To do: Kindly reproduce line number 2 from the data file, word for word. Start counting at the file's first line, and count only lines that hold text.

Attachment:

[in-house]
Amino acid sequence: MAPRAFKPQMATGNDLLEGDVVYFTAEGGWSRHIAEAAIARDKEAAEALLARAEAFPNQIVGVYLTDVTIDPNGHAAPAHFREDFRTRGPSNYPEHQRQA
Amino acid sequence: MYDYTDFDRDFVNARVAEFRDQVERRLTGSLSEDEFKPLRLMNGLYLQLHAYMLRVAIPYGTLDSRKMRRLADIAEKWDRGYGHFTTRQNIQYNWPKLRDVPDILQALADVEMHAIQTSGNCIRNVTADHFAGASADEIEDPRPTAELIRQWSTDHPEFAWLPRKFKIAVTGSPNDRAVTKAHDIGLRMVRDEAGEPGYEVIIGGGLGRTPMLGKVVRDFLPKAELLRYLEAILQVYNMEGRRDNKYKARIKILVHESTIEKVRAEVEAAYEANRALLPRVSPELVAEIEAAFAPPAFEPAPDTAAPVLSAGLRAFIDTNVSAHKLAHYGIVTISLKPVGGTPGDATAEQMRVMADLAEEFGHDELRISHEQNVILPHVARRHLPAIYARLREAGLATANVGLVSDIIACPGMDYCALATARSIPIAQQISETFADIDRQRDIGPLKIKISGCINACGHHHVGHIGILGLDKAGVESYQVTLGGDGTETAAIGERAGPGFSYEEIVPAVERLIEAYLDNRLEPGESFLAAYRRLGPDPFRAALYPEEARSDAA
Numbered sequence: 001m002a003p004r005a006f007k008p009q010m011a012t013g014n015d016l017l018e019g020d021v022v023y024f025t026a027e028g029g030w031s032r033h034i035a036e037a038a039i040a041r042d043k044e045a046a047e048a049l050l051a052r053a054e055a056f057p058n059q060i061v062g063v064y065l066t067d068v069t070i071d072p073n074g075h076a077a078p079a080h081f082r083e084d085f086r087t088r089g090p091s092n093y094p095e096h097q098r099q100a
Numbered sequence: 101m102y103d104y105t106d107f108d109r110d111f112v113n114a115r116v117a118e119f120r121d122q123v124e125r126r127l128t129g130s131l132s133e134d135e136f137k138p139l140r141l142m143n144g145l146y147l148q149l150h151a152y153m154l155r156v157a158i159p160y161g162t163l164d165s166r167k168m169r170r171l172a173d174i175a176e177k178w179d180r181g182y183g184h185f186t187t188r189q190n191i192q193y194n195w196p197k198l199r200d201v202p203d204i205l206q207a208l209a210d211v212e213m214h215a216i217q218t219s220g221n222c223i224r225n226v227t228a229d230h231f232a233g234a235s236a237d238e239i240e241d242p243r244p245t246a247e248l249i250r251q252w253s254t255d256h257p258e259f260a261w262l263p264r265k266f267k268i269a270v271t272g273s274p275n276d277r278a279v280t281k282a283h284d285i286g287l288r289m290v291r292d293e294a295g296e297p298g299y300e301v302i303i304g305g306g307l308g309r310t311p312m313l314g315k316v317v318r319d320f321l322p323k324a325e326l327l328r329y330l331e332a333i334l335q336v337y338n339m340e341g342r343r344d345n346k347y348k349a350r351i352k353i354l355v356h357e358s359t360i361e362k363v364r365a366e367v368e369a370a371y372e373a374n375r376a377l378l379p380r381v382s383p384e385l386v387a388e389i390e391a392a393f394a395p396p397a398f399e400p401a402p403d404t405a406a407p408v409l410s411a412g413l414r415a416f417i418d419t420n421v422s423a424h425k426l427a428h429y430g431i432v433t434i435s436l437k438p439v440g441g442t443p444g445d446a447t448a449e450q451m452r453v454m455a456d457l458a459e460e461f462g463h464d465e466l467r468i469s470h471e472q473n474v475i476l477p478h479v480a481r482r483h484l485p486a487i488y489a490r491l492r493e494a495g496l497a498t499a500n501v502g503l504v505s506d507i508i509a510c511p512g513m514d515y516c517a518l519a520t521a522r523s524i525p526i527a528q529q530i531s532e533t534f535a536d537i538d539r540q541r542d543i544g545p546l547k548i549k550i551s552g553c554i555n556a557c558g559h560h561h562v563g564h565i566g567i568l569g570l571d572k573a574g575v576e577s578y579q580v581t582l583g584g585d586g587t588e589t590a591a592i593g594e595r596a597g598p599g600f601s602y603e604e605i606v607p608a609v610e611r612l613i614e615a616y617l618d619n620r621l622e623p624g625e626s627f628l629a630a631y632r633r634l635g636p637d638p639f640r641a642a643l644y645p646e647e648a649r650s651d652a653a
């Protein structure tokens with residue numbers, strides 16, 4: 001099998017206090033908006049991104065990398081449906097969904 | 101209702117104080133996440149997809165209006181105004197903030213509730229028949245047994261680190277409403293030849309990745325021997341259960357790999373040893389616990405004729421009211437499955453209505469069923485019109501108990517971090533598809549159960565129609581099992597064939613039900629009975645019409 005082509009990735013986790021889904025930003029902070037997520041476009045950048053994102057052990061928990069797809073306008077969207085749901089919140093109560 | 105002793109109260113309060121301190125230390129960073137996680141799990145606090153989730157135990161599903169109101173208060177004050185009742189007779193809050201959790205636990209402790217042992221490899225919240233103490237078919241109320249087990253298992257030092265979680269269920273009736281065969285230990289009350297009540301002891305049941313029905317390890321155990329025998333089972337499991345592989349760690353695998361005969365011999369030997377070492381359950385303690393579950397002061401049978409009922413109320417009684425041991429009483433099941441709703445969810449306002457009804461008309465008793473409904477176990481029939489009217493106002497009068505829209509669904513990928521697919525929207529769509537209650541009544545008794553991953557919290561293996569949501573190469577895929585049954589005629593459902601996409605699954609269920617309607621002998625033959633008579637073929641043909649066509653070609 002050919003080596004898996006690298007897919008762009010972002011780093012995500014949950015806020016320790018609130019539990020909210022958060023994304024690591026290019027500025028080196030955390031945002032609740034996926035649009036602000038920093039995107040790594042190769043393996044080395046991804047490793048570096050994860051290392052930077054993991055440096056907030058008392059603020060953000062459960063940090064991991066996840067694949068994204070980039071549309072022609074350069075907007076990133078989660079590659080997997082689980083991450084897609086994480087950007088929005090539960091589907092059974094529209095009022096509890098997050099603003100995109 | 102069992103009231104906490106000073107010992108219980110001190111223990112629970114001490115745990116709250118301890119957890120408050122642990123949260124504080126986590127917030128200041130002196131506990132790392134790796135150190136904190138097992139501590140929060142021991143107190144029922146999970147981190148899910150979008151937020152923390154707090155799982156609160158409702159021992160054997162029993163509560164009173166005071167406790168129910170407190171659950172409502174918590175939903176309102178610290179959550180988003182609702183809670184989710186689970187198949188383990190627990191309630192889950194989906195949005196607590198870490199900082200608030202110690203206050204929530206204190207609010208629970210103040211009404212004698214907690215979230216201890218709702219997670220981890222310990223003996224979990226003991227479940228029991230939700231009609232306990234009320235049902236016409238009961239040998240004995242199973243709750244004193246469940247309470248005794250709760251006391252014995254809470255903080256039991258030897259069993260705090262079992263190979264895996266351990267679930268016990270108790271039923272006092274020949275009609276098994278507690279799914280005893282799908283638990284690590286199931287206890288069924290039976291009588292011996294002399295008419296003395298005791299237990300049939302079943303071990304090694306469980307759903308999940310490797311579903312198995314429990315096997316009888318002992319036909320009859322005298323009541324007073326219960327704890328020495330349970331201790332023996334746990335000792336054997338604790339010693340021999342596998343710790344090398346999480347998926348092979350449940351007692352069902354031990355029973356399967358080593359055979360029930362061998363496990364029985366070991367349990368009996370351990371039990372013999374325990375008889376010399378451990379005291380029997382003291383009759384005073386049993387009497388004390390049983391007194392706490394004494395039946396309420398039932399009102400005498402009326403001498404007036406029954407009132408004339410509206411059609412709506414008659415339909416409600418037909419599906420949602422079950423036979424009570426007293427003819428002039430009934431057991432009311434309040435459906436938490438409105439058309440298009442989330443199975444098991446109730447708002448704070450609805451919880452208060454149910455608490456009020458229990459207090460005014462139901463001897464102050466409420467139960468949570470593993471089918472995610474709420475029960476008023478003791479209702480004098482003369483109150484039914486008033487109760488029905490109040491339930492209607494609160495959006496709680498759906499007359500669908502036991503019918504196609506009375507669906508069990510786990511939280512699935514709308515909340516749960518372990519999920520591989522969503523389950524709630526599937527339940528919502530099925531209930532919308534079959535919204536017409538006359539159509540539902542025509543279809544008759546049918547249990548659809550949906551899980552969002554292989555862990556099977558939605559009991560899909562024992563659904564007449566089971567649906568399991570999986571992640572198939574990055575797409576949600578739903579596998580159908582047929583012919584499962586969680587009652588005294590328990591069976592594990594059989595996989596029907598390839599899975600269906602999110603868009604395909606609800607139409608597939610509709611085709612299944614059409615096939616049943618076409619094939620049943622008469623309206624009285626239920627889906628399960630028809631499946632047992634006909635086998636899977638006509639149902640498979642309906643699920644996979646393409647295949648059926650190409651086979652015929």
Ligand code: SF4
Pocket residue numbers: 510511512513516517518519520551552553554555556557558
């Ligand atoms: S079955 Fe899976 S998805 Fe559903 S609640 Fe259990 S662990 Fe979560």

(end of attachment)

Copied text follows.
Amino acid sequence: MAPRAFKPQMATGNDLLEGDVVYFTAEGGWSRHIAEAAIARDKEAAEALLARAEAFPNQIVGVYLTDVTIDPNGHAAPAHFREDFRTRGPSNYPEHQRQA